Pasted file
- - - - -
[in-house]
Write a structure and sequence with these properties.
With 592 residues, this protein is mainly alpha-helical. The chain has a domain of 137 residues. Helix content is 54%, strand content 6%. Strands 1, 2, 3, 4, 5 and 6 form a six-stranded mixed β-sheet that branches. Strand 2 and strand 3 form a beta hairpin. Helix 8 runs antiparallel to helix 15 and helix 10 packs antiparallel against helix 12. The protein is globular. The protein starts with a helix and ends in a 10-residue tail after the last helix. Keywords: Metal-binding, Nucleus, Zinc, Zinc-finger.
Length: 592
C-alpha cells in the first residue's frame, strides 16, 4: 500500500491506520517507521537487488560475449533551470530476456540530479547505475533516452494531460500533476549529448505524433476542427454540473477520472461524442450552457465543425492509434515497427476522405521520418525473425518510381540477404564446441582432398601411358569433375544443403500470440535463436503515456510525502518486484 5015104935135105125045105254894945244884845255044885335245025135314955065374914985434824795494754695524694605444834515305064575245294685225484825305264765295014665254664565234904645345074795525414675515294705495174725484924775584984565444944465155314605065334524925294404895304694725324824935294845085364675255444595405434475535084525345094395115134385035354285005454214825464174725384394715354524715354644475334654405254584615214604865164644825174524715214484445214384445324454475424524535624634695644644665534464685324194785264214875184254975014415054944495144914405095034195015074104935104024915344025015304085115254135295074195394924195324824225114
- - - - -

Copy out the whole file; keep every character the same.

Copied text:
[in-house]
Write a structure and sequence with these properties.
With 592 residues, this protein is mainly alpha-helical. The chain has a domain of 137 residues. Helix content is 54%, strand content 6%. Strands 1, 2, 3, 4, 5 and 6 form a six-stranded mixed β-sheet that branches. Strand 2 and strand 3 form a beta hairpin. Helix 8 runs antiparallel to helix 15 and helix 10 packs antiparallel against helix 12. The protein is globular. The protein starts with a helix and ends in a 10-residue tail after the last helix. Keywords: Metal-binding, Nucleus, Zinc, Zinc-finger.
Length: 592
C-alpha cells in the first residue's frame, strides 16, 4: 500500500491506520517507521537487488560475449533551470530476456540530479547505475533516452494531460500533476549529448505524433476542427454540473477520472461524442450552457465543425492509434515497427476522405521520418525473425518510381540477404564446441582432398601411358569433375544443403500470440535463436503515456510525502518486484 5015104935135105125045105254894945244884845255044885335245025135314955065374914985434824795494754695524694605444834515305064575245294685225484825305264765295014665254664565234904645345074795525414675515294705495174725484924775584984565444944465155314605065334524925294404895304694725324824935294845085364675255444595405434475535084525345094395115134385035354285005454214825464174725384394715354524715354644475334654405254584615214604865164644825174524715214484445214384445324454475424524535624634695644644665534464685324194785264214875184254975014415054944495144914405095034195015074104935104024915344025015304085115254135295074195394924195324824225114